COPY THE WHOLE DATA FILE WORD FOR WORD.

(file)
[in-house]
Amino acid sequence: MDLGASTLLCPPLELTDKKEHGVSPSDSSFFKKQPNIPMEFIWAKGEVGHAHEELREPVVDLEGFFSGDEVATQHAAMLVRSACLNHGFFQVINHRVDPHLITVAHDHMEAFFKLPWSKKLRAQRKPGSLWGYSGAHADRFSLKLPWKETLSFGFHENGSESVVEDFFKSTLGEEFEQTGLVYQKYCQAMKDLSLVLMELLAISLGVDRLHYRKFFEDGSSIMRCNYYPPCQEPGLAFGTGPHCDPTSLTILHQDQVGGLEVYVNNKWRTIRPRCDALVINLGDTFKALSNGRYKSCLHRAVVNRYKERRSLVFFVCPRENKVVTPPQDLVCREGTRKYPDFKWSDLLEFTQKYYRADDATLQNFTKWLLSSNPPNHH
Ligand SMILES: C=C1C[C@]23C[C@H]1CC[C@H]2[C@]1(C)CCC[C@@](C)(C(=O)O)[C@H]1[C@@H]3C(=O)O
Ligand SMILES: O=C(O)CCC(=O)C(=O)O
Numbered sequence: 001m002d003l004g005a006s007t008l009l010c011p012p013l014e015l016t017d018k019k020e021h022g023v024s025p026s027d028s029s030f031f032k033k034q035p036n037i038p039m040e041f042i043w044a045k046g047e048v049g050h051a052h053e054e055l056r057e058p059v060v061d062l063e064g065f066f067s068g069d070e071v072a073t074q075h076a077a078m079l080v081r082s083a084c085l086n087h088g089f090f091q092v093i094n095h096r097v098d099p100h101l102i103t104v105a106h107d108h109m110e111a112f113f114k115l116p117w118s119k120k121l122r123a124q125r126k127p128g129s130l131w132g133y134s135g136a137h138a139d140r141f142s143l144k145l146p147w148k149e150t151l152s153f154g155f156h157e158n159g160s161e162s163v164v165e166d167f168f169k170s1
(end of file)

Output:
[in-house]
Amino acid sequence: MDLGASTLLCPPLELTDKKEHGVSPSDSSFFKKQPNIPMEFIWAKGEVGHAHEELREPVVDLEGFFSGDEVATQHAAMLVRSACLNHGFFQVINHRVDPHLITVAHDHMEAFFKLPWSKKLRAQRKPGSLWGYSGAHADRFSLKLPWKETLSFGFHENGSESVVEDFFKSTLGEEFEQTGLVYQKYCQAMKDLSLVLMELLAISLGVDRLHYRKFFEDGSSIMRCNYYPPCQEPGLAFGTGPHCDPTSLTILHQDQVGGLEVYVNNKWRTIRPRCDALVINLGDTFKALSNGRYKSCLHRAVVNRYKERRSLVFFVCPRENKVVTPPQDLVCREGTRKYPDFKWSDLLEFTQKYYRADDATLQNFTKWLLSSNPPNHH
Ligand SMILES: C=C1C[C@]23C[C@H]1CC[C@H]2[C@]1(C)CCC[C@@](C)(C(=O)O)[C@H]1[C@@H]3C(=O)O
Ligand SMILES: O=C(O)CCC(=O)C(=O)O
Numbered sequence: 001m002d003l004g005a006s007t008l009l010c011p012p013l014e015l016t017d018k019k020e021h022g023v024s025p026s027d028s029s030f031f032k033k034q035p036n037i038p039m040e041f042i043w044a045k046g047e048v049g050h051a052h053e054e055l056r057e058p059v060v061d062l063e064g065f066f067s068g069d070e071v072a073t074q075h076a077a078m079l080v081r082s083a084c085l086n087h088g089f090f091q092v093i094n095h096r097v098d099p100h101l102i103t104v105a106h107d108h109m110e111a112f113f114k115l116p117w118s119k120k121l122r123a124q125r126k127p128g129s130l131w132g133y134s135g136a137h138a139d140r141f142s143l144k145l146p147w148k149e150t151l152s153f154g155f156h157e158n159g160s161e162s163v164v165e166d167f168f169k170s1